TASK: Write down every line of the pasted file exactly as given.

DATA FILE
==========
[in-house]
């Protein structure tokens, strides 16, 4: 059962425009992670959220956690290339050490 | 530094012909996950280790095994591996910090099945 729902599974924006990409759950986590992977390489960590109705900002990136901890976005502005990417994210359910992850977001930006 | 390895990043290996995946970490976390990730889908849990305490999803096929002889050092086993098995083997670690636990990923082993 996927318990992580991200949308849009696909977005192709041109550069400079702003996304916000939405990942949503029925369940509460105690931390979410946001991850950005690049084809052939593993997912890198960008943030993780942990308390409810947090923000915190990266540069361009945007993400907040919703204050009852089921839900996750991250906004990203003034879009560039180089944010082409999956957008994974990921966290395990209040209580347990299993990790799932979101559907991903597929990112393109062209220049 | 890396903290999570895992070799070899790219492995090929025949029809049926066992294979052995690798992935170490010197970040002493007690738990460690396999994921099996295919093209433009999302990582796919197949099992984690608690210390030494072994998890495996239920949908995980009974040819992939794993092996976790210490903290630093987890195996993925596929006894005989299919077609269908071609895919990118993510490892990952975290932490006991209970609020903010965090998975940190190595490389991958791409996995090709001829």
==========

[in-house]
């Protein structure tokens, strides 16, 4: 059962425009992670959220956690290339050490 | 530094012909996950280790095994591996910090099945 729902599974924006990409759950986590992977390489960590109705900002990136901890976005502005990417994210359910992850977001930006 | 390895990043290996995946970490976390990730889908849990305490999803096929002889050092086993098995083997670690636990990923082993 996927318990992580991200949308849009696909977005192709041109550069400079702003996304916000939405990942949503029925369940509460105690931390979410946001991850950005690049084809052939593993997912890198960008943030993780942990308390409810947090923000915190990266540069361009945007993400907040919703204050009852089921839900996750991250906004990203003034879009560039180089944010082409999956957008994974990921966290395990209040209580347990299993990790799932979101559907991903597929990112393109062209220049 | 890396903290999570895992070799070899790219492995090929025949029809049926066992294979052995690798992935170490010197970040002493007690738990460690396999994921099996295919093209433009999302990582796919197949099992984690608690210390030494072994998890495996239920949908995980009974040819992939794993092996976790210490903290630093987890195996993925596929006894005989299919077609269908071609895919990118993510490892990952975290932490006991209970609020903010965090998975940190190595490389991958791409996995090709001829």